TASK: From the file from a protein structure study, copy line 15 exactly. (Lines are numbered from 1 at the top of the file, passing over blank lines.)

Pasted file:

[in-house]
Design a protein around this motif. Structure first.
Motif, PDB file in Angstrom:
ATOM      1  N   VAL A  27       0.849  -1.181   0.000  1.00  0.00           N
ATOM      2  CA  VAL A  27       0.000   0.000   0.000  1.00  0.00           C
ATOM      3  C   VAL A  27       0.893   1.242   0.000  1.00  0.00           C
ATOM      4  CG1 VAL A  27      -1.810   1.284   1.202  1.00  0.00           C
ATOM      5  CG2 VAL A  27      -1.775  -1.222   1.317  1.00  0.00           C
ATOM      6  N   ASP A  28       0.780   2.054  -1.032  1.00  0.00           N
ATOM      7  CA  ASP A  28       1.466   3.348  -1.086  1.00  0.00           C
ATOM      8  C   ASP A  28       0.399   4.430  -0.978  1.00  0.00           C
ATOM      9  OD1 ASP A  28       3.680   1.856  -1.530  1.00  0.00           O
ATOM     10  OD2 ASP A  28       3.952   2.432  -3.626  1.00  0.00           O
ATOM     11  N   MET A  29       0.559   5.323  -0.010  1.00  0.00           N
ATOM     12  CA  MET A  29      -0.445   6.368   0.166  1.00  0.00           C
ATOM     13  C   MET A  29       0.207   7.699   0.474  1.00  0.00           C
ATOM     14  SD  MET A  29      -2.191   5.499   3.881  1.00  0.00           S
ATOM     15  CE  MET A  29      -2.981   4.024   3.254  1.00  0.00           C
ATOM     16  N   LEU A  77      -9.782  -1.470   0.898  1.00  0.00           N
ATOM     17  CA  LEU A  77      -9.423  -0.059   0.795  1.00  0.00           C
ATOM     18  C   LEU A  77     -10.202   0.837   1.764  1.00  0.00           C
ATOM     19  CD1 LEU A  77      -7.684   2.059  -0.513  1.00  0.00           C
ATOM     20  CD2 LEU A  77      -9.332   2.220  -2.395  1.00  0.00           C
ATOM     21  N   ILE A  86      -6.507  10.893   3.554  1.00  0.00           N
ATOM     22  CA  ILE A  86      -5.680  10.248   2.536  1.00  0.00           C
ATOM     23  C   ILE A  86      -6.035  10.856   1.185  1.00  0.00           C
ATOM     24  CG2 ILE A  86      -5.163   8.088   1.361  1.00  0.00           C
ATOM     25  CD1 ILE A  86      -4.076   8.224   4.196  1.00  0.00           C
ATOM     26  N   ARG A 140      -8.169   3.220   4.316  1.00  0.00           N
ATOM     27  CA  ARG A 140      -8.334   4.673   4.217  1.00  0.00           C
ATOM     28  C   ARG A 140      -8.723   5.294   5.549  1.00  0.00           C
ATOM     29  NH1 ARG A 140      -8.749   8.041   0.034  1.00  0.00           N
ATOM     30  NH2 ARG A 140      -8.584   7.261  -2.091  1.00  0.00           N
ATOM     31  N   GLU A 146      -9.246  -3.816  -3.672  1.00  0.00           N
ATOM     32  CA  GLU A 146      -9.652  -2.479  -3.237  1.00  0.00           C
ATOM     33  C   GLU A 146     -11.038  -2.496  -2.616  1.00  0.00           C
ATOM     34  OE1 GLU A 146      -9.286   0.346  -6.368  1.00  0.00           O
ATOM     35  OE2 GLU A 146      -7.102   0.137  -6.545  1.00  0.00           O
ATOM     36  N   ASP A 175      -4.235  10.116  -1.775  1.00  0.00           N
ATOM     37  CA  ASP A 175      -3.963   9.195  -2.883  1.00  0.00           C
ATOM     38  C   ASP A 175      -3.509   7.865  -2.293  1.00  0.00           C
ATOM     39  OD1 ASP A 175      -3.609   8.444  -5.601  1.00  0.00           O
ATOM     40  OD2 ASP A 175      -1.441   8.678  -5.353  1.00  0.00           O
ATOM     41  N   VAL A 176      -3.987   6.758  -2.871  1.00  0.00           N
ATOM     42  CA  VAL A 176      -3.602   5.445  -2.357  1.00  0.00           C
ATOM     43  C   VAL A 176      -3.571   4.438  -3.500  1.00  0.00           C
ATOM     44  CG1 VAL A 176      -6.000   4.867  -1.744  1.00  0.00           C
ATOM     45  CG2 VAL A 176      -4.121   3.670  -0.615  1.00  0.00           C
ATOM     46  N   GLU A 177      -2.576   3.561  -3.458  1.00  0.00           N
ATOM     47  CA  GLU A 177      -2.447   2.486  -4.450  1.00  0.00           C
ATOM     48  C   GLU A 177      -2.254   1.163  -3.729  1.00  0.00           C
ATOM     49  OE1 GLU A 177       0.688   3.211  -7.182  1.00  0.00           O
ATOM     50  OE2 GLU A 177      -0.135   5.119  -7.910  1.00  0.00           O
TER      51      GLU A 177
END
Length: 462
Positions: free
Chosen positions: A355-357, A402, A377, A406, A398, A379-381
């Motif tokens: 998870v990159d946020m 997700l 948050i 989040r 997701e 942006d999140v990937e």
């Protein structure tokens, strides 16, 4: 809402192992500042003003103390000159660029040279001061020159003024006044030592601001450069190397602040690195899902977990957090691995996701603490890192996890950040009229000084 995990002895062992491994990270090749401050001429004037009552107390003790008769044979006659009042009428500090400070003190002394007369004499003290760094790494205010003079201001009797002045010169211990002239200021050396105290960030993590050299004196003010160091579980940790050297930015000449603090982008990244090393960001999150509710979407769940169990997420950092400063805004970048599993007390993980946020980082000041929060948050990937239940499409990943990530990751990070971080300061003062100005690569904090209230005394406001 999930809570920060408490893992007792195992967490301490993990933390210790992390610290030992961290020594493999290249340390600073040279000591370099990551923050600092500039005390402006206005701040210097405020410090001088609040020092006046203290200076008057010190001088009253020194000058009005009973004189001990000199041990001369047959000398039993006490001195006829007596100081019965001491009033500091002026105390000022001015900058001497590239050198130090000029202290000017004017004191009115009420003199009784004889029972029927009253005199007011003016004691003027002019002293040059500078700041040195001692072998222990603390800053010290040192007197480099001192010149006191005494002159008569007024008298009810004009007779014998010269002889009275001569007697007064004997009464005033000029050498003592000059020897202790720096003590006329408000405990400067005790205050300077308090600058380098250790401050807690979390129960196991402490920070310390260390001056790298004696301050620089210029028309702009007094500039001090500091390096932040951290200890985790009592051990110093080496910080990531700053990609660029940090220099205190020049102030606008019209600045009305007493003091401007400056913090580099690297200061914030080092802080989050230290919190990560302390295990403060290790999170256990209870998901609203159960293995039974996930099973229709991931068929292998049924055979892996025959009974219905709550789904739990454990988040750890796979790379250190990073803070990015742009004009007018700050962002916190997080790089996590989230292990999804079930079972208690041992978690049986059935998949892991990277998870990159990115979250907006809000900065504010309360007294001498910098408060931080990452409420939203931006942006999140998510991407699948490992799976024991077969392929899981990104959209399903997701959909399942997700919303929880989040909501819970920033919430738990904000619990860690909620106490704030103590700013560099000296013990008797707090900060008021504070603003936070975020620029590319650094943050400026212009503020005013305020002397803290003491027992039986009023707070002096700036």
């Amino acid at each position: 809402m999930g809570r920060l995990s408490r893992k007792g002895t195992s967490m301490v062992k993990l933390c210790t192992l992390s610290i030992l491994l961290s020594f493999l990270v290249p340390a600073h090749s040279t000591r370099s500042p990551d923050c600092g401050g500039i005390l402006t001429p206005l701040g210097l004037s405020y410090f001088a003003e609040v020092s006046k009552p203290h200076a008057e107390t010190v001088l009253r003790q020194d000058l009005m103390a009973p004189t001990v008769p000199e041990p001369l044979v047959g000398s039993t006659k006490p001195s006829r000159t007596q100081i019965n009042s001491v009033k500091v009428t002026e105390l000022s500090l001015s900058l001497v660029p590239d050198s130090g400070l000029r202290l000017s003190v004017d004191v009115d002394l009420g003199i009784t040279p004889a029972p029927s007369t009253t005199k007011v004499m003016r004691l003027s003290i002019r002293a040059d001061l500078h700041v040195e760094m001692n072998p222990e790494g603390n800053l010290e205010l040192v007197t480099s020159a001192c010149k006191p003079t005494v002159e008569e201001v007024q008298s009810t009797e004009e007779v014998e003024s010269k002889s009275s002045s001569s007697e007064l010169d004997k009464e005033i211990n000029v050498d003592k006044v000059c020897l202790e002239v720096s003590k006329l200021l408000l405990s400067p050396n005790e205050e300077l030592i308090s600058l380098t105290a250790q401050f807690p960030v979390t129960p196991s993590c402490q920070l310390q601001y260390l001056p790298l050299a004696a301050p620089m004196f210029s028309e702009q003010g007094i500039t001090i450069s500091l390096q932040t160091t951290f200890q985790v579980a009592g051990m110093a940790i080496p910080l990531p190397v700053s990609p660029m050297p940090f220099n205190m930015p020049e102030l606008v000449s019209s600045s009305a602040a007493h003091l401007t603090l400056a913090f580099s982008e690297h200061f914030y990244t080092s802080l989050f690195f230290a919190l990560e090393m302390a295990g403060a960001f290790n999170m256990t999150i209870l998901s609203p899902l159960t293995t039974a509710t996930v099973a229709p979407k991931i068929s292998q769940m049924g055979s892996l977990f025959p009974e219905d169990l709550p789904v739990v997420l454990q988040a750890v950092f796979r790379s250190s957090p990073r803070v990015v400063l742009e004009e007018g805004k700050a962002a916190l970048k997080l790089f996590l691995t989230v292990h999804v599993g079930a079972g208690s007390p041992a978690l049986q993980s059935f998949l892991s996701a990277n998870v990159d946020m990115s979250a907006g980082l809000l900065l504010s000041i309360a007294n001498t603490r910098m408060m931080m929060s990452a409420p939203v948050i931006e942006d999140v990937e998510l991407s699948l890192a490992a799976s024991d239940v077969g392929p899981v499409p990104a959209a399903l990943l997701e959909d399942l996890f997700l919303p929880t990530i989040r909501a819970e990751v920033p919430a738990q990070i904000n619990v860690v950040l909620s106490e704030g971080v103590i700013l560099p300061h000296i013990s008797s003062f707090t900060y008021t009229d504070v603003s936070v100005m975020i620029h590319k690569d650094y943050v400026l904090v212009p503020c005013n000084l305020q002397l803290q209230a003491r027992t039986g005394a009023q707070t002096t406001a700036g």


ATOM     12  CA  MET A  29      -0.445   6.368   0.166  1.00  0.00           C